2000-03-01 / Seniors



By John Toscano

MetroCard Bus To Visit All

Of Borough In March


Seniors and persons with disabilities who may want to apply for the reduced fare MetroCard will have the opportunity throughout the month of March because the special New York City Transit Metro Card buses will be visiting all parts of the borough, making scheduled stops.

Seniors who want to file an application to get a card must bring photo identification proving they are at least 65 years old.

Persons with disabilities must show a valid United States Medicare card the one printed in red, white and blue) and also a valid federal-or state-issued photo ID card in order to be immediately processed. Disabled persons who do not have a Medicare card must ensure that their doctors complete the physician’s section on the application.

Anyone may add value to a card or purchase a new one to get daily, weekly or monthly unlimited ride passes.

Here’s the MetroCard bus schedule of stops:


—31st Street between Ditmars Boulevard and 23d Avenue, Mar. 3d and 27th, 7:30 to 9:30 a.m.


—Bay Terrace Shopping Center, Bell Boulevard and 24th Avenue, Mar. 3d and 27th, 9:30 to 11:30 a.m.


—73d Avenue and Bell Boulevard, Mar. 8th, 1 to 3 p.m.


—Main Street and Roosevelt Avenue, Mar. 3d and 17th, 8 to 10:30 a.m.


71st (Continental) Avenue and Queens Boulevard, Mar. 7th and 21st, 10 a.m. to 1 p.m.


Marshall’s/Sears Mall, Queens Boulevard and 63d Road, Mar. 7th and 21st, 2 to 3 p.m.


Glen Oaks Shopping Center, Union Turnpike near 60th Street, Mar. 8th and 22d, 10 a.m. to noon.


45-25 47th St. between Greenpoint Avenue and 47th Avenue (Assemblymember Catherine Nolan’s district office), Mar. 9th, 10 a.m. to noon.


Grand Avenue and 69th Street, Mar. 9th, 1 to 3 p.m.


Shopping Center, 188th Street and Horace Harding Expressway, Mar. 13th and 27th, 1 to 3 p.m.


Fran Hill Shopping Center, Hillside Avenue at Francis Lewis Boulevard, Mar. 24th, 9:30-11:30 a.m.


Queens Borough Hall, 120-55 Queens Blvd., Mar. 28th, 10 a.m. to noon.

For more information, call (212) METROCARD. We suggest you save this issue of the Gazette to remind you when the MetroCard bus will be in your area.


There’s a little-known New York state program for seniors living on fixed incomes which provides them with a monthly benefit called a Personal Need Allowance (PNA). The present payment is $45 to $50, according to Assemblymember Ivan Lafayette. It was set about 20 years ago so it’s time for an increase.

Lafayette (D–Jackson Heights) has filed a bill to increase the monthly PNA to $100. "In this period of unprecedented prosperity," he believes, "we must be vigilant. We must ensure that nobody is left in the margins or forgotten about." The PNA is important because it is used for personal amenities like haircuts and toiletries.

Lafayette says most of the seniors who receive the PNA live in nursing homes or other facilities and, while the homes may have received increases in benefits from the state, those getting the PNA have been ignored since it was last increased in 1981.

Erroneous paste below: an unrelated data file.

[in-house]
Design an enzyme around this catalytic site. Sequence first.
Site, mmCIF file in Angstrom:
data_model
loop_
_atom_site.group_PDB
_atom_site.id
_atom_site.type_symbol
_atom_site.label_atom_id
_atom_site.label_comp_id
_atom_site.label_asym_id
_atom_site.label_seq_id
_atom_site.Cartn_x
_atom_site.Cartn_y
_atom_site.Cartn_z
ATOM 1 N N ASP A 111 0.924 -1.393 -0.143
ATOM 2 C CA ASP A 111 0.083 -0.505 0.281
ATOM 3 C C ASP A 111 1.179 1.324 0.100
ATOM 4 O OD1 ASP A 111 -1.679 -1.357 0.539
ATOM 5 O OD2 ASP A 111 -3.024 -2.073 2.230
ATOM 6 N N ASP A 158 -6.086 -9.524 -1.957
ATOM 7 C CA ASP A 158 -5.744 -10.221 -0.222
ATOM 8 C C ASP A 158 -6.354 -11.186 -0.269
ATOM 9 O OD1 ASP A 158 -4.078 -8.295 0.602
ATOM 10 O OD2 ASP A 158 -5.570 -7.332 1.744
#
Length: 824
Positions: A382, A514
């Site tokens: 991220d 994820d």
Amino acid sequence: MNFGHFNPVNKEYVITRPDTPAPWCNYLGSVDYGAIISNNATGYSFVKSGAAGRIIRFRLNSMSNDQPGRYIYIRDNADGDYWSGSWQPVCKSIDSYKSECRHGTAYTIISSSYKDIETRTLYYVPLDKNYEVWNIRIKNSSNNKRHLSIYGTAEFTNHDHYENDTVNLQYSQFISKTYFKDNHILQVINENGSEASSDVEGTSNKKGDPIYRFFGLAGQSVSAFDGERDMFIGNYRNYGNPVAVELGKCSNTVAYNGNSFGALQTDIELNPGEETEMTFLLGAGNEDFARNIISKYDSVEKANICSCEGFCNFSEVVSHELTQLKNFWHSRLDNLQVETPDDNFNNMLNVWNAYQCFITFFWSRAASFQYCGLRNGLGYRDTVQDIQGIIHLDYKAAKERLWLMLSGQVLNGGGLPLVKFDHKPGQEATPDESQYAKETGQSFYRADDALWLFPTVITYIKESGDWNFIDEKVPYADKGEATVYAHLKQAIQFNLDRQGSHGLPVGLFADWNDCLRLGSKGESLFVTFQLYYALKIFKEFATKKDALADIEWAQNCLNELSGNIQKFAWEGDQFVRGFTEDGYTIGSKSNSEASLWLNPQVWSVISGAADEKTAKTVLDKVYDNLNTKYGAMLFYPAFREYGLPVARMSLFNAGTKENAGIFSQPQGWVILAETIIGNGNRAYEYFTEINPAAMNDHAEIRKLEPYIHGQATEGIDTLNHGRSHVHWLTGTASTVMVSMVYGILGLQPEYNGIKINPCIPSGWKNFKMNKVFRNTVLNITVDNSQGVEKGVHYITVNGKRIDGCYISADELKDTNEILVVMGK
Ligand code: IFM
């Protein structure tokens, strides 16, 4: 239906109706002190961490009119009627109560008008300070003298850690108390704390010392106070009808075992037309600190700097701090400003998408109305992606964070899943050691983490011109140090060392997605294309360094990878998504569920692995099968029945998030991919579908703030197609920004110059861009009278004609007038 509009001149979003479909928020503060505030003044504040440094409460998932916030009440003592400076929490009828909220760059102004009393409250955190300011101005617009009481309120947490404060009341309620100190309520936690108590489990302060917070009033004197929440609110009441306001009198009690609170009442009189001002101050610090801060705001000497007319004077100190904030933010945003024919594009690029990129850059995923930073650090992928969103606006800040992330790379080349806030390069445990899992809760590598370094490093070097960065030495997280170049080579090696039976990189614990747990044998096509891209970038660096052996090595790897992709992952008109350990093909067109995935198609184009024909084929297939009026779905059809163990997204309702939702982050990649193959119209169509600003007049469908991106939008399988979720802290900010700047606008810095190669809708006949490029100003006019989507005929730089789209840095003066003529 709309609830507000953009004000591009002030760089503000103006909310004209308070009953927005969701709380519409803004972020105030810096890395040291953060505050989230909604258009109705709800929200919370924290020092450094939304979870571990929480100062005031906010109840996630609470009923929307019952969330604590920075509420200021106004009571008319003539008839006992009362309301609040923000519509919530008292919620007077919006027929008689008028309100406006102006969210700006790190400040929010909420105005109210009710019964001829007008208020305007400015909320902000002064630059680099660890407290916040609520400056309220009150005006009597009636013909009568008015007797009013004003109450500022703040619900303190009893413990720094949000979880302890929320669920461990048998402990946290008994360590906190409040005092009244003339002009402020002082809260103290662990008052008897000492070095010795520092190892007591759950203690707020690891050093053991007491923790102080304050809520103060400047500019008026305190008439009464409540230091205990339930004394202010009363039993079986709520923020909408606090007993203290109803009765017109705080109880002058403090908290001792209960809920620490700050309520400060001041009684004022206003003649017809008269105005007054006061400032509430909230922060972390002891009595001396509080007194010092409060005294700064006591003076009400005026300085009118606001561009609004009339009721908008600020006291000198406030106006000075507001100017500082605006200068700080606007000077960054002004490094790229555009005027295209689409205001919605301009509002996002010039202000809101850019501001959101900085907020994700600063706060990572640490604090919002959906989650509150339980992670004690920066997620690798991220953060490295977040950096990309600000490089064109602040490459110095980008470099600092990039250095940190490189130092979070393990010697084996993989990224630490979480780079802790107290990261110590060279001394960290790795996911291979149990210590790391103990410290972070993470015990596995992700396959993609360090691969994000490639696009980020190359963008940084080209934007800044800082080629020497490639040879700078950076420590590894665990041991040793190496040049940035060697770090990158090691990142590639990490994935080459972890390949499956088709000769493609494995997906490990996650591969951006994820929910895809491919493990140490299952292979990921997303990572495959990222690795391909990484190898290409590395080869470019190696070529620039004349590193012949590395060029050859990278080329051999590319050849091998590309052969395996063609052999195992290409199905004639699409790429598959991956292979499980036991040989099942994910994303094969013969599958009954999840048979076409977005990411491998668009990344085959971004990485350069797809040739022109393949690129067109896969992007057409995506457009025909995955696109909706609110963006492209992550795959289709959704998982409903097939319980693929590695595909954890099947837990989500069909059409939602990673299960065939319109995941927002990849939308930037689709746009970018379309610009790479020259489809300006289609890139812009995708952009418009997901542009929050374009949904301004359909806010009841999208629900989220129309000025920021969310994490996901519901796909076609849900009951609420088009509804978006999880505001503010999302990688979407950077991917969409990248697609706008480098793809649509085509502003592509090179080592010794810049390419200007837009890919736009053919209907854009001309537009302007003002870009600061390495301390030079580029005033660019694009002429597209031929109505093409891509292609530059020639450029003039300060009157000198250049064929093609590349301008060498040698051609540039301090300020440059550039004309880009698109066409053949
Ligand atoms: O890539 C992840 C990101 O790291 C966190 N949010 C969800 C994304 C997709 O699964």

Commissioner Herbert Stupp, head of the city’s Department for the Aging, announced recently that Bell Atlantic had given the city a $20,000 grant to be used to produce and disseminate an intergenerational resources directory. Stupp said the publication, called The Annotated Directory of Intergenerational Resources, will include listings of approximately 1,000 intergenerational programs throughout the state, half of which are in New York City. The last time such a directory was published was in 1991, Stupp said, and at the time there were only 400 intergenerational programs.

Stupp stated: "The directory will be a valuable tool for any individual or organization involved with human services that serve young and older New Yorkers. It represents one piece in an ongoing effort to stimulate the growth of intergenerational programming and advocate public policies that recognize the benefits of working together across the generations."

As one example of a beneficial program, he cited the Work–Study Program which allows high school students who are at risk of dropping out to obtain school credit and work experience by volunteering at nursing homes and senior centers. To stay in the program they must maintain good class attendance, Stupp noted.


Gene Barrett of College Point has been appointed associate state coordinator for AARP/VOTE, the organization’s voter education program. In that role, Barrett will lead AARP’s community based efforts to educate senior voters statewide about health, economic and consumer issues important to older Americans and their families. Individuals interested in volunteering to work in AARP/VOTE should write to David McNally, One Commerce Plaza, Albany, New York 12260 or call (518) 434-4194.


Fred Gerber, education director at the Queens Botanical Garden in Flushing, is the scheduled speaker at the AARP Jackson Heights Chapter number 991 meeting on Wednesday, Mar. 15th, at 1 p.m. at the Community United Methodist Church at 81-10 35th Ave., Jackson Heights.

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